EU court finds UK power plant in violation of emissions limit News
EU court finds UK power plant in violation of emissions limit

[JURIST] The European Court of Justice (ECJ) [official website] ruled [judgment] Wednesday that a power plant in Wales has violated the EU’s limit on nitrogen oxide emissions. The Aberthaw plant [official website] has operated [Reuters report] for 45 years and primarily uses Welsh coal as its fuel source. In 2008 the EU forced member states to reduce their emissions to meet new environmental standards. Though Britain argued that the plant’s use of Welsh coal should allow for a greater emissions limit, the European Commission [official website] nevertheless brought Britain to court in March 2015. Due to the EU court’s ruling, Britain will be required to reduce the plant’s emissions and pay all imposed fines and legal costs. German utility company RWE [corporate website], operator of the plant, expressed disappointment in the ruling and declared its intention to continue improving the plant’s environmental status into the next decade. The Welsh government also stated it will continue to address the area’s air quality.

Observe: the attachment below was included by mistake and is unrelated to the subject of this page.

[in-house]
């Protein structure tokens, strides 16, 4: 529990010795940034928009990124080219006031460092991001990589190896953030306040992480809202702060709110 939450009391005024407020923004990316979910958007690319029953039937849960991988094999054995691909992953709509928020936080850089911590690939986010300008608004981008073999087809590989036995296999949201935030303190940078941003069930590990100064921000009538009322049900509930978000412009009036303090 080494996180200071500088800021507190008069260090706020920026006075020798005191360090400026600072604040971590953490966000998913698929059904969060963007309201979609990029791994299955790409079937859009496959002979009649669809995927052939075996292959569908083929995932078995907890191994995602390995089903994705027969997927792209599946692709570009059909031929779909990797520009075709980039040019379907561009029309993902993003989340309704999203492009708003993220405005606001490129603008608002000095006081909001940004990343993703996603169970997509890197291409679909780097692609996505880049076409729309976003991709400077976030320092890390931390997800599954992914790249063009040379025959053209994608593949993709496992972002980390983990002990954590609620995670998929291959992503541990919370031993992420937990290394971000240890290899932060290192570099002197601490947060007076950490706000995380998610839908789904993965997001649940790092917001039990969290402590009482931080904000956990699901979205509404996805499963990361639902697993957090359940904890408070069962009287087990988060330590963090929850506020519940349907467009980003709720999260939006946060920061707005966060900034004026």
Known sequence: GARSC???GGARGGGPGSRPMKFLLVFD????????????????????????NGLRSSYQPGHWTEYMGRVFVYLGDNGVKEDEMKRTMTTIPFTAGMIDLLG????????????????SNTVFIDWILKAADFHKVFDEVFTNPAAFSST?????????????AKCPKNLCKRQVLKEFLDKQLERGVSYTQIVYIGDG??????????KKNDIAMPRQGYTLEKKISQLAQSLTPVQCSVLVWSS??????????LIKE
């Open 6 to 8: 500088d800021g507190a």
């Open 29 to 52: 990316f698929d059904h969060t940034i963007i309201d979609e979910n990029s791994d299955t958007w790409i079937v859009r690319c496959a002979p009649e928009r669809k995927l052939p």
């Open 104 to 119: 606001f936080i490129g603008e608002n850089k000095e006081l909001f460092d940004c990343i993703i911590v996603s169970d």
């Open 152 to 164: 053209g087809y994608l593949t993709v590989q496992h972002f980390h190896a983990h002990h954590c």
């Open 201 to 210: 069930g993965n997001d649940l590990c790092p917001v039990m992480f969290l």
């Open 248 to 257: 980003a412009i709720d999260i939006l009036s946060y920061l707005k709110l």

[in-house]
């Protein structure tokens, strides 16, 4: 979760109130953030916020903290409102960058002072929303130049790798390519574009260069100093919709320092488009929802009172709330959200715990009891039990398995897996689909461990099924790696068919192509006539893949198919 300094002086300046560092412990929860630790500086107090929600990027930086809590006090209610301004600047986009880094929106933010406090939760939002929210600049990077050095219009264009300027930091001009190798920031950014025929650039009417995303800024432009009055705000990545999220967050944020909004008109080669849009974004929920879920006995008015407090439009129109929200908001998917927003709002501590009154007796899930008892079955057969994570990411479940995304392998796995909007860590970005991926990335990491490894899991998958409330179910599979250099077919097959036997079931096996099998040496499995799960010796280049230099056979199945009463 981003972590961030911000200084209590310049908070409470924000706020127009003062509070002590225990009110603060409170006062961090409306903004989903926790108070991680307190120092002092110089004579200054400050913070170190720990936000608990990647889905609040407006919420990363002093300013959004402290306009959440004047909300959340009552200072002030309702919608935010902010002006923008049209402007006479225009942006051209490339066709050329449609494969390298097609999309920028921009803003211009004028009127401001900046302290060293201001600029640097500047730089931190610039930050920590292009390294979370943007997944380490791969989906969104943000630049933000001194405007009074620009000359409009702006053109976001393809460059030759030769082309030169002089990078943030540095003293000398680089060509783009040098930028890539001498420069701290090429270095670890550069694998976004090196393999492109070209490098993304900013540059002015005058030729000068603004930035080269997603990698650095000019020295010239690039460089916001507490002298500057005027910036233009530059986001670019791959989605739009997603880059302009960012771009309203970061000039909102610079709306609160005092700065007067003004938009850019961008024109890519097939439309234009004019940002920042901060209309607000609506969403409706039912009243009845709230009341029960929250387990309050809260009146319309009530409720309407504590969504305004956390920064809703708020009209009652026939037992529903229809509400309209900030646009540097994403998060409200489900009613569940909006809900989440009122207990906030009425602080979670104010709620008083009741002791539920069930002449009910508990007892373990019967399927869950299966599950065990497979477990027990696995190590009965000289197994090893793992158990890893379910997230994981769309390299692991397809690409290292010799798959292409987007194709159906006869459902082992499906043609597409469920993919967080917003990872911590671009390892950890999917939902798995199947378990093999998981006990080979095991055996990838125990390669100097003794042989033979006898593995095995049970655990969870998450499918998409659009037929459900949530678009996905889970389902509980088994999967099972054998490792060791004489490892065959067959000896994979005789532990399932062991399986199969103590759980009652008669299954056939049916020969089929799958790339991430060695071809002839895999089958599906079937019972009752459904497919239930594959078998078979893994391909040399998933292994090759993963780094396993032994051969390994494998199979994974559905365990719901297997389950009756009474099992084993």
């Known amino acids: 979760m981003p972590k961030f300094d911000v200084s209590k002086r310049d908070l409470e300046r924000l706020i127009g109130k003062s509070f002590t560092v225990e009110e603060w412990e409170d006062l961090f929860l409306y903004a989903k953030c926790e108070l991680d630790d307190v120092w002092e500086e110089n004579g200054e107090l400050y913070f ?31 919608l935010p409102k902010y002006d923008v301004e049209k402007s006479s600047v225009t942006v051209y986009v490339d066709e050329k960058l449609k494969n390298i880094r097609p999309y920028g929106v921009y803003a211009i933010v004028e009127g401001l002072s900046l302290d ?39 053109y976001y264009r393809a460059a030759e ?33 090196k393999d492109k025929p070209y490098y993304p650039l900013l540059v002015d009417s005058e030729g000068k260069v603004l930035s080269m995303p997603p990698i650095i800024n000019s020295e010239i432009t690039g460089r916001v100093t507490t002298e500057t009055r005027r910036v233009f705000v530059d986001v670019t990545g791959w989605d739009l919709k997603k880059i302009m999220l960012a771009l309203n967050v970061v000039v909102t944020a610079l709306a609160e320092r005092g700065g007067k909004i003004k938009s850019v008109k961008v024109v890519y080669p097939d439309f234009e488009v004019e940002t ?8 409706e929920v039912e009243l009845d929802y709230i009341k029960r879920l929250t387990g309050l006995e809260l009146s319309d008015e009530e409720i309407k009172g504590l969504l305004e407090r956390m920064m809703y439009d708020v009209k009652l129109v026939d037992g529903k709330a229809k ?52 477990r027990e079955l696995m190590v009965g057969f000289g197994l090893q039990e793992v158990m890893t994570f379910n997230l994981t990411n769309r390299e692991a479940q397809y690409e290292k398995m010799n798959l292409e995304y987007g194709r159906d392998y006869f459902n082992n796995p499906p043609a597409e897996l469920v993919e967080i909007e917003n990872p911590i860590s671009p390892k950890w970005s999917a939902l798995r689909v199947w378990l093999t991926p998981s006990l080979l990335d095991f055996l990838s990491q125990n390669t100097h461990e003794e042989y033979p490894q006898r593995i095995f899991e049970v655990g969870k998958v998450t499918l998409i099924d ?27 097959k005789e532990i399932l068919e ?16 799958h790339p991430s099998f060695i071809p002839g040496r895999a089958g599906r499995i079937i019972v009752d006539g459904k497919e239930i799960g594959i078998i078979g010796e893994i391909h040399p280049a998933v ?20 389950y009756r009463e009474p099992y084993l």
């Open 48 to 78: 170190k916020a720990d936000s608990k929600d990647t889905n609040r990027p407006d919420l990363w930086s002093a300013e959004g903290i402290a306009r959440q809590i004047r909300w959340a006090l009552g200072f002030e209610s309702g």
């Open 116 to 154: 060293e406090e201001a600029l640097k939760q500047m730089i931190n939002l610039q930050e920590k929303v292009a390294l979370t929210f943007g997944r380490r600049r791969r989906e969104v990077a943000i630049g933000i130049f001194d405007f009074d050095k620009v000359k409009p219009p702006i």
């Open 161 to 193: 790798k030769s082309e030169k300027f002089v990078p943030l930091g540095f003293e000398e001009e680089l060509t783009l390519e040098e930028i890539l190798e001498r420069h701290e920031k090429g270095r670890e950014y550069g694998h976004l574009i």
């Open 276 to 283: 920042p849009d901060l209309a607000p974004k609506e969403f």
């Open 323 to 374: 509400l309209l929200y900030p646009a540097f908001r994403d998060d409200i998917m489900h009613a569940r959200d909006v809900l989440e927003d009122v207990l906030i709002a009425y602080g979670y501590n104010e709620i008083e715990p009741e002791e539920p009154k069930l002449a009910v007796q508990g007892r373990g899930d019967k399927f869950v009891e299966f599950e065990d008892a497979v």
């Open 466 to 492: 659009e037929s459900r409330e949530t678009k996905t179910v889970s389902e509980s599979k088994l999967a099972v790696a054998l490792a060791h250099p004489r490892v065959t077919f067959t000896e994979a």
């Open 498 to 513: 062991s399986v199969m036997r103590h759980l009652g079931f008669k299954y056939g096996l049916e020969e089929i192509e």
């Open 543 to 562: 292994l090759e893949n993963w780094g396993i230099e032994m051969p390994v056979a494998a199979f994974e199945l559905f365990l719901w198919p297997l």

Environmental destruction has been an issue plaguing much of the world, including the US. Last week a policy paper was published detailing how the International Criminal Court (ICC) [official website] will work to prosecute environmental crimes [JURIST report]. Earlier this month environmentalists sued [JURIST report] the US Environmental Protection Agency regarding federal water quality standards. In March Governor Rick Snyder of Michigan was served with a class action lawsuit [JURIST report] over the water contamination in Flint, Michigan. In February BP supervisors were found not guilty [JURIST report] of a Clean Water Act violation after the Deepwater Horizon oil spill. Also in February the Supreme Court blocked [JURIST report] the EPA’s Clean Power Plan, which meant to reduce carbon dioxide emissions. In January, a Hungarian court acquitted [JURIST report] 15 employees of the Mal Corp for their role in the toxic red sludge spill that killed 10 people in 2010 after a reservoir burst. Also in January, Brazil’s Federal Police accused seven people and three companies of environmental crimes [JURIST report] in its probe into the major Fundão dam collapse that occurred on November 5.